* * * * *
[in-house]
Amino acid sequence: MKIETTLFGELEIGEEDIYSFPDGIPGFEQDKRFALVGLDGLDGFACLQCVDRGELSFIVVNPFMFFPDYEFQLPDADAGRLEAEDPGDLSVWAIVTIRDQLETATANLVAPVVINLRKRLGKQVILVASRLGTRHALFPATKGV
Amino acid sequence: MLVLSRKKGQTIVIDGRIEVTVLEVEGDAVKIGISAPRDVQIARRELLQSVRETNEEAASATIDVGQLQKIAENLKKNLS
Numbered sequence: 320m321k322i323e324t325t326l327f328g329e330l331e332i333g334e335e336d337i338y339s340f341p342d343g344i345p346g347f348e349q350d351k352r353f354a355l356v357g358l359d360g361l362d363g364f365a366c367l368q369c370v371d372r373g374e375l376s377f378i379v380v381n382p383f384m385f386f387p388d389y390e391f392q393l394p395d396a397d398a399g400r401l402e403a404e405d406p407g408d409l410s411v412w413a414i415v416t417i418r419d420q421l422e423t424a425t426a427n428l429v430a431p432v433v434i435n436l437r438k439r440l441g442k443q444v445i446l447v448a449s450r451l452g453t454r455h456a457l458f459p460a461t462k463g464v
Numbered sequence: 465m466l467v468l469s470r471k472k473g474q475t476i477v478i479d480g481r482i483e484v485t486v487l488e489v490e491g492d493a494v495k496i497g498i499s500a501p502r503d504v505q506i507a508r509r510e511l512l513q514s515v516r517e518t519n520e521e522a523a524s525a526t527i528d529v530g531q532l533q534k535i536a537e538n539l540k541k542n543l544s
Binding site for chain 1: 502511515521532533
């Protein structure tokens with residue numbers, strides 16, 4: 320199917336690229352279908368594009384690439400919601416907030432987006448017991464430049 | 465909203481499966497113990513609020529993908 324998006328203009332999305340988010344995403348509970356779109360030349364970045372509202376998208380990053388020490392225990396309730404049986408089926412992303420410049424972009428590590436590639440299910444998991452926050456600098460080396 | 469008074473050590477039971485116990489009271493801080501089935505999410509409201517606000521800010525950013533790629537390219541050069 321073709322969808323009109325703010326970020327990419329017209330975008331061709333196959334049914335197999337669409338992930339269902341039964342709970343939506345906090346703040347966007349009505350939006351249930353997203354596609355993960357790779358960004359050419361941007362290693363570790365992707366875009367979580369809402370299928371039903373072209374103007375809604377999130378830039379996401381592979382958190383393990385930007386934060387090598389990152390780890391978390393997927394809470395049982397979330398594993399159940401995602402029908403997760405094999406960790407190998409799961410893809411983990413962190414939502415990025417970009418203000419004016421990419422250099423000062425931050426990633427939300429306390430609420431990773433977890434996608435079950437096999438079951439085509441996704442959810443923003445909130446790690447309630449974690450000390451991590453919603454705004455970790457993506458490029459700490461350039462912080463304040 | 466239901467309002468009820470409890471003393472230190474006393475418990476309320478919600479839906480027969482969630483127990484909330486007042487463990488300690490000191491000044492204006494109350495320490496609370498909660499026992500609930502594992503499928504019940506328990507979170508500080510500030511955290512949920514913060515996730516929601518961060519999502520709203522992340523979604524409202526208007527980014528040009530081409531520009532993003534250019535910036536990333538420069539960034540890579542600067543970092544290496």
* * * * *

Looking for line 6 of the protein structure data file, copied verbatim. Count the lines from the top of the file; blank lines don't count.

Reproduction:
Binding site for chain 1: 502511515521532533